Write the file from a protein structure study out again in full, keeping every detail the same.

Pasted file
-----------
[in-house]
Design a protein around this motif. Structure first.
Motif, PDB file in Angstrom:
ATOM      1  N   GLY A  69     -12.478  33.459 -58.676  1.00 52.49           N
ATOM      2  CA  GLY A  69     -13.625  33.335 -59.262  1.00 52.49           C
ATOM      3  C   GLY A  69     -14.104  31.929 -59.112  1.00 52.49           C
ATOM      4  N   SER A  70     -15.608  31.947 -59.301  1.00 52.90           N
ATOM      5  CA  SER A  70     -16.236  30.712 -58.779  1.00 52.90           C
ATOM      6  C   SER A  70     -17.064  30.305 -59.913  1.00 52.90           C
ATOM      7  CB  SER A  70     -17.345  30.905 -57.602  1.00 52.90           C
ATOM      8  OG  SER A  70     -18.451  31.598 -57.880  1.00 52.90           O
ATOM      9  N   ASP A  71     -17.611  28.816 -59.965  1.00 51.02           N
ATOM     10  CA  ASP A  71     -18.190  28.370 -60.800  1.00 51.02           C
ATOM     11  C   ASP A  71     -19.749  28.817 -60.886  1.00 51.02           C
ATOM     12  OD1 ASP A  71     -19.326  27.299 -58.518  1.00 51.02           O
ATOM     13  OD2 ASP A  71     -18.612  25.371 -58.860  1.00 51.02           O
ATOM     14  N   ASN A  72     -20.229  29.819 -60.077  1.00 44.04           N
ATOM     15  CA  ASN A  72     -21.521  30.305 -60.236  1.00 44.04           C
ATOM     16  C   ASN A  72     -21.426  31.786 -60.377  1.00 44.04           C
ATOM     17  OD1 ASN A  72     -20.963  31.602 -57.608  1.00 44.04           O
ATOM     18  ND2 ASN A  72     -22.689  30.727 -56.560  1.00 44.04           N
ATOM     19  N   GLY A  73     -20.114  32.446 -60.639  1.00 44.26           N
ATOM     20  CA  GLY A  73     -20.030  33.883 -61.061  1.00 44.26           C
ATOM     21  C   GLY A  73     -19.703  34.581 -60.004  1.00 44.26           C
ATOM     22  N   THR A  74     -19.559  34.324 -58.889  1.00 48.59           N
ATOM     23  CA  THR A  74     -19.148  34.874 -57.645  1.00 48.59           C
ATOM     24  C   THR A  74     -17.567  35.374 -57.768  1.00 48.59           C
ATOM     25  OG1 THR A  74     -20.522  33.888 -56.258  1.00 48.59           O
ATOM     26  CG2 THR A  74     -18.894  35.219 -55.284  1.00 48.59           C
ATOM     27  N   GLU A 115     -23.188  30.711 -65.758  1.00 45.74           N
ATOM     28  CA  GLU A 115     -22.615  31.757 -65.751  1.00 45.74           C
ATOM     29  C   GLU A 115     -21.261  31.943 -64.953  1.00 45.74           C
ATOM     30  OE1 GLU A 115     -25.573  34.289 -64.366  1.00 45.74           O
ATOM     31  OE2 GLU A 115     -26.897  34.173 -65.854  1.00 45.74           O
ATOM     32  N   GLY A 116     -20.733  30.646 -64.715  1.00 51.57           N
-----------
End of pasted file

[in-house]
Design a protein around this motif. Structure first.
Motif, PDB file in Angstrom:
ATOM      1  N   GLY A  69     -12.478  33.459 -58.676  1.00 52.49           N
ATOM      2  CA  GLY A  69     -13.625  33.335 -59.262  1.00 52.49           C
ATOM      3  C   GLY A  69     -14.104  31.929 -59.112  1.00 52.49           C
ATOM      4  N   SER A  70     -15.608  31.947 -59.301  1.00 52.90           N
ATOM      5  CA  SER A  70     -16.236  30.712 -58.779  1.00 52.90           C
ATOM      6  C   SER A  70     -17.064  30.305 -59.913  1.00 52.90           C
ATOM      7  CB  SER A  70     -17.345  30.905 -57.602  1.00 52.90           C
ATOM      8  OG  SER A  70     -18.451  31.598 -57.880  1.00 52.90           O
ATOM      9  N   ASP A  71     -17.611  28.816 -59.965  1.00 51.02           N
ATOM     10  CA  ASP A  71     -18.190  28.370 -60.800  1.00 51.02           C
ATOM     11  C   ASP A  71     -19.749  28.817 -60.886  1.00 51.02           C
ATOM     12  OD1 ASP A  71     -19.326  27.299 -58.518  1.00 51.02           O
ATOM     13  OD2 ASP A  71     -18.612  25.371 -58.860  1.00 51.02           O
ATOM     14  N   ASN A  72     -20.229  29.819 -60.077  1.00 44.04           N
ATOM     15  CA  ASN A  72     -21.521  30.305 -60.236  1.00 44.04           C
ATOM     16  C   ASN A  72     -21.426  31.786 -60.377  1.00 44.04           C
ATOM     17  OD1 ASN A  72     -20.963  31.602 -57.608  1.00 44.04           O
ATOM     18  ND2 ASN A  72     -22.689  30.727 -56.560  1.00 44.04           N
ATOM     19  N   GLY A  73     -20.114  32.446 -60.639  1.00 44.26           N
ATOM     20  CA  GLY A  73     -20.030  33.883 -61.061  1.00 44.26           C
ATOM     21  C   GLY A  73     -19.703  34.581 -60.004  1.00 44.26           C
ATOM     22  N   THR A  74     -19.559  34.324 -58.889  1.00 48.59           N
ATOM     23  CA  THR A  74     -19.148  34.874 -57.645  1.00 48.59           C
ATOM     24  C   THR A  74     -17.567  35.374 -57.768  1.00 48.59           C
ATOM     25  OG1 THR A  74     -20.522  33.888 -56.258  1.00 48.59           O
ATOM     26  CG2 THR A  74     -18.894  35.219 -55.284  1.00 48.59           C
ATOM     27  N   GLU A 115     -23.188  30.711 -65.758  1.00 45.74           N
ATOM     28  CA  GLU A 115     -22.615  31.757 -65.751  1.00 45.74           C
ATOM     29  C   GLU A 115     -21.261  31.943 -64.953  1.00 45.74           C
ATOM     30  OE1 GLU A 115     -25.573  34.289 -64.366  1.00 45.74           O
ATOM     31  OE2 GLU A 115     -26.897  34.173 -65.854  1.00 45.74           O
ATOM     32  N   GLY A 116     -20.733  30.646 -64.715  1.00 51.57           N